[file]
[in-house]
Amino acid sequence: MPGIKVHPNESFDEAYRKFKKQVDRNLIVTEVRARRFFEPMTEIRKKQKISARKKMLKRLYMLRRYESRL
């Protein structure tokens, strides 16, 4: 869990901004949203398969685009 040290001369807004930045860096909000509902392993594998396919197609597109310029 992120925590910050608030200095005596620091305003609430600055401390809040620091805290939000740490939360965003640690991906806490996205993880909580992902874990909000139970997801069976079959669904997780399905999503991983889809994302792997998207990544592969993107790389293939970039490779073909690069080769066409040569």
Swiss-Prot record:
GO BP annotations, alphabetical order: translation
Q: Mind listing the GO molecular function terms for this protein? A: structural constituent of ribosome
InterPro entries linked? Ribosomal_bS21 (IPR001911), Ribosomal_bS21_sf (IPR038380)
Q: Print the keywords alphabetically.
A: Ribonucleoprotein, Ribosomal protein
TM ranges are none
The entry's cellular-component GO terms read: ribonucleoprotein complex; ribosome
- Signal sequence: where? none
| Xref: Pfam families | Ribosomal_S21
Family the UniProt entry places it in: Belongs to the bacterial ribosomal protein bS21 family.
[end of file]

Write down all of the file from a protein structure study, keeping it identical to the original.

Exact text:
[in-house]
Amino acid sequence: MPGIKVHPNESFDEAYRKFKKQVDRNLIVTEVRARRFFEPMTEIRKKQKISARKKMLKRLYMLRRYESRL
């Protein structure tokens, strides 16, 4: 869990901004949203398969685009 040290001369807004930045860096909000509902392993594998396919197609597109310029 992120925590910050608030200095005596620091305003609430600055401390809040620091805290939000740490939360965003640690991906806490996205993880909580992902874990909000139970997801069976079959669904997780399905999503991983889809994302792997998207990544592969993107790389293939970039490779073909690069080769066409040569």
Swiss-Prot record:
GO BP annotations, alphabetical order: translation
Q: Mind listing the GO molecular function terms for this protein? A: structural constituent of ribosome
InterPro entries linked? Ribosomal_bS21 (IPR001911), Ribosomal_bS21_sf (IPR038380)
Q: Print the keywords alphabetically.
A: Ribonucleoprotein, Ribosomal protein
TM ranges are none
The entry's cellular-component GO terms read: ribonucleoprotein complex; ribosome
- Signal sequence: where? none
| Xref: Pfam families | Ribosomal_S21
Family the UniProt entry places it in: Belongs to the bacterial ribosomal protein bS21 family.